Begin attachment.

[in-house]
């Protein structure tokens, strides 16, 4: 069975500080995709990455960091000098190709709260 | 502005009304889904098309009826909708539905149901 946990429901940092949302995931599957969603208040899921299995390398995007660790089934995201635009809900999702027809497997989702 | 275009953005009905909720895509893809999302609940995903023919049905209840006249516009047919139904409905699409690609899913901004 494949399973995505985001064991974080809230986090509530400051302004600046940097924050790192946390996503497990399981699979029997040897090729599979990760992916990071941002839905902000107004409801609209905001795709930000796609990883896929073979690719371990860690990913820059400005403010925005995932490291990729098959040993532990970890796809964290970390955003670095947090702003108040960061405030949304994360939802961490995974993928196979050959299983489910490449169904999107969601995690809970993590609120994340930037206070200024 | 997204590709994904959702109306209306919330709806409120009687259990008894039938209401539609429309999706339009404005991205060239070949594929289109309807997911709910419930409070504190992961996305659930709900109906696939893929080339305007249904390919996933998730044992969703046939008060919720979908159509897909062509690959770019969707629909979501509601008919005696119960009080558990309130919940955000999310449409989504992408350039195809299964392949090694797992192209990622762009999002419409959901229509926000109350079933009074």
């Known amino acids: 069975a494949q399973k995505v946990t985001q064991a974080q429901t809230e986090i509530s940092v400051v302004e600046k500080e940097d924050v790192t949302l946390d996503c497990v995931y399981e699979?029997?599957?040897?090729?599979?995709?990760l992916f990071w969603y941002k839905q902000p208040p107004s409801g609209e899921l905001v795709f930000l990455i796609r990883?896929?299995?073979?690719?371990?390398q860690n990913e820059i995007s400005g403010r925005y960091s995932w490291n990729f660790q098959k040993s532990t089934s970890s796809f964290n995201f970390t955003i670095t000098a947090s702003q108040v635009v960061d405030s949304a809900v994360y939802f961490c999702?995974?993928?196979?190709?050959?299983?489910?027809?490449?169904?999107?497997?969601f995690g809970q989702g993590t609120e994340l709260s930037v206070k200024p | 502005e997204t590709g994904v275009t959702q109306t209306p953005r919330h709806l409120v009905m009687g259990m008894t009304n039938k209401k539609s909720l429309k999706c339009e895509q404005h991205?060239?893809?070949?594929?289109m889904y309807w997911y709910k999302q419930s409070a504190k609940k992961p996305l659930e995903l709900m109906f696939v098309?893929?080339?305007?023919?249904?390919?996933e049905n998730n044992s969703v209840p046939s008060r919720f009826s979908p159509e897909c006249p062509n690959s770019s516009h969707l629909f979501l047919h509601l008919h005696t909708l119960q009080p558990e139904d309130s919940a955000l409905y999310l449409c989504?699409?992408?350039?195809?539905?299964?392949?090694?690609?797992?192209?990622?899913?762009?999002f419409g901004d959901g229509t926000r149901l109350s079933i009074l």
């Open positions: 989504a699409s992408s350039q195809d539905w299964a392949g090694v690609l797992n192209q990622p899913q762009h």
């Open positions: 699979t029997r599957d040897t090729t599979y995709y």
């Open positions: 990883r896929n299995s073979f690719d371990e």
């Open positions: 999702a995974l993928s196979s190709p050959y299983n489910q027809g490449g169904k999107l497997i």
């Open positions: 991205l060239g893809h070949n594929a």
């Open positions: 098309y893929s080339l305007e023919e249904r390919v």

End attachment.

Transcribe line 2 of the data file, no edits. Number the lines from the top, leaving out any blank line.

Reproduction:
């Protein structure tokens, strides 16, 4: 069975500080995709990455960091000098190709709260 | 502005009304889904098309009826909708539905149901 946990429901940092949302995931599957969603208040899921299995390398995007660790089934995201635009809900999702027809497997989702 | 275009953005009905909720895509893809999302609940995903023919049905209840006249516009047919139904409905699409690609899913901004 494949399973995505985001064991974080809230986090509530400051302004600046940097924050790192946390996503497990399981699979029997040897090729599979990760992916990071941002839905902000107004409801609209905001795709930000796609990883896929073979690719371990860690990913820059400005403010925005995932490291990729098959040993532990970890796809964290970390955003670095947090702003108040960061405030949304994360939802961490995974993928196979050959299983489910490449169904999107969601995690809970993590609120994340930037206070200024 | 997204590709994904959702109306209306919330709806409120009687259990008894039938209401539609429309999706339009404005991205060239070949594929289109309807997911709910419930409070504190992961996305659930709900109906696939893929080339305007249904390919996933998730044992969703046939008060919720979908159509897909062509690959770019969707629909979501509601008919005696119960009080558990309130919940955000999310449409989504992408350039195809299964392949090694797992192209990622762009999002419409959901229509926000109350079933009074």